Why? Well, there are a number of factors that could come into play, but the most common arguments against dividing the rent equally amongst housemates are either disparity in room sizes or couples living together in one room, which leaves them effectively paying double what a single person would for the same amount of space.
Equal splits are the easiest to work out, but they’re not always the fairest.
Splitting the rent based on the amount of money one earns is a relatively new concept and, like the equal divide above, it’s not without issues.
For starters, everyone would need to disclose what they earn to their housemates, which is something they may not be altogether comfortable with. Sure, this can work well enough between partners, but strangers brought together simply by the need to live in Central London? Not so much.
Even when splitting the rent between partners, this approach is probably best kept for those who have a significant difference in income. Opting to take this line when there’s very little in what you bring home financially could easily be seen as nitpicking, which isn’t the most romantic trait one can possess!
Pay by the room
The third and final method on our list of how to share rent between housemates is probably our favourite, so you could say that we’ve saved the best till last.
Paying by room works especially well when sharing a big house with multiple rooms of different sizes and varying desirable features, such as en suites, views, storage space, etc. The biggest problem with this way of splitting your rent is actually putting a price on each thing. How much more should you pay for an extra couple of square feet or a view overlooking the garden?
Thankfully, there are some simple solutions out there in the way of online calculators, and one of our favourites is SplitWise, as it’s free and incredibly simple to use. Yes, it’s a US based calculator, so it shows results in dollars, but we can simply substitute that currency symbol for a good ol’ pound sign in order to get a fair rental split amount in a matter of minutes. Sweet!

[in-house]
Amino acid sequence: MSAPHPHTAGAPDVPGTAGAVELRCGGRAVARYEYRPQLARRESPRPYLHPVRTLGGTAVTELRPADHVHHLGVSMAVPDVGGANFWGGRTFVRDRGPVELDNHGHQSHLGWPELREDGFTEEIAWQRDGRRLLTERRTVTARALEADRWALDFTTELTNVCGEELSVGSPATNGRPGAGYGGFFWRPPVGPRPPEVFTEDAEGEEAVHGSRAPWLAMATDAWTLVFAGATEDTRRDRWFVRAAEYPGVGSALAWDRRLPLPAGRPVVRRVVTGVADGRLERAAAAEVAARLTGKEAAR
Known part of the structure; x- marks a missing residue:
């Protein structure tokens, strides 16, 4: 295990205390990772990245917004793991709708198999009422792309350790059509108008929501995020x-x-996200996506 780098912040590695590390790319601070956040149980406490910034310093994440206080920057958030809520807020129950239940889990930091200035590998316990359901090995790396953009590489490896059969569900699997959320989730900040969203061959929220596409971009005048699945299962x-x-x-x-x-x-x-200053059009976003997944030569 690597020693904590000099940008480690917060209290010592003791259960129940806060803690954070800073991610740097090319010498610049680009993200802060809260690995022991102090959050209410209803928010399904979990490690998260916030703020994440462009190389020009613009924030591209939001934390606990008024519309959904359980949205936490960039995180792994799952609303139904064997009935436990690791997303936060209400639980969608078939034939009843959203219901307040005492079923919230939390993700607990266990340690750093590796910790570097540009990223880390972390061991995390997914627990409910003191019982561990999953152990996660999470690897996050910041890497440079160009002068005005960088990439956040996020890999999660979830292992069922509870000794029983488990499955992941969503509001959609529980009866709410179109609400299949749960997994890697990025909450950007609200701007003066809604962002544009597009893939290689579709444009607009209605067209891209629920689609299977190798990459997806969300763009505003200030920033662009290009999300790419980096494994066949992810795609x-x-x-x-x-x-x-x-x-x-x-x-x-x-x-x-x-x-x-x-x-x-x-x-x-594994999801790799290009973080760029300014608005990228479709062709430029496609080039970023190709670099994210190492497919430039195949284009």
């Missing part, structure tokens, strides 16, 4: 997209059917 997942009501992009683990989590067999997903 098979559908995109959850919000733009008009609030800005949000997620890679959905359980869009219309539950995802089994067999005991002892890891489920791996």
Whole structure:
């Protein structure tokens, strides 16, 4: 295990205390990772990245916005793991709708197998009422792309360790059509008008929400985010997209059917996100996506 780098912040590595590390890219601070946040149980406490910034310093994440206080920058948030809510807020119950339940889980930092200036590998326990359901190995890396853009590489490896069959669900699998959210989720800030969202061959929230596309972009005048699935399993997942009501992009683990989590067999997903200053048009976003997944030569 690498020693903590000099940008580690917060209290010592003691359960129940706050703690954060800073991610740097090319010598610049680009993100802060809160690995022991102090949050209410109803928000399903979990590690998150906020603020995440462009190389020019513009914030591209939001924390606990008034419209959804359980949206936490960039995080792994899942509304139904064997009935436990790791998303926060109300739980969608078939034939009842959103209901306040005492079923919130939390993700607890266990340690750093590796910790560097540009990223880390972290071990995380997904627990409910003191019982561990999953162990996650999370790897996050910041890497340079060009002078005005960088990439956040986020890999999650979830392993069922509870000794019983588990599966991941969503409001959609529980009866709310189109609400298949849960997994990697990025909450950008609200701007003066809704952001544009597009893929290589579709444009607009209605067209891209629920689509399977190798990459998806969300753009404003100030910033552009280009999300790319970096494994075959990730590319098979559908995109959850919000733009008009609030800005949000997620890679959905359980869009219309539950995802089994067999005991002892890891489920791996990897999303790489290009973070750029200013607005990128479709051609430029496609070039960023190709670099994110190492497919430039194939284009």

Best way to split utility bills in a shared house
With the rent taken care of, it’s time to move on to the utility bills. These are usually a bit more straightforward to work out than rent, with an equal divide the most commonly used method of calculation.
That being said, it’s worth running through the following points to ensure everyone is singing from the same hymn sheet:
Talk it through before moving in
This simply means working out how you’re going to split the utility bills and going over the next couple of points together as a group. Making sure that everyone is explicitly aware of what they’re expected to pay, when it’ll be due, and who they’ll need to pay it to now will save any headaches later on.
Take a look at national averages
Whether you’re renting for the first time or sharing a property with a different amount of people than you’ve been used to in the past, it can be difficult to ‘guestimate’ what your bills are likely to be. Luckily, you can get a decent idea by looking at what similar households are paying across the country and base your initial calculations on your findings.
You can get such figures directly from the Department for Business, Energy & Industrial Strategy here, but they can be a little too in depth and convoluted for a quick calculation. Energy firms will often give out averages as well, so try doing a Google search for ‘utility bill national averages’ or similar to get a steer on what you’re likely to pay. The Money Advice Service has a great page, too.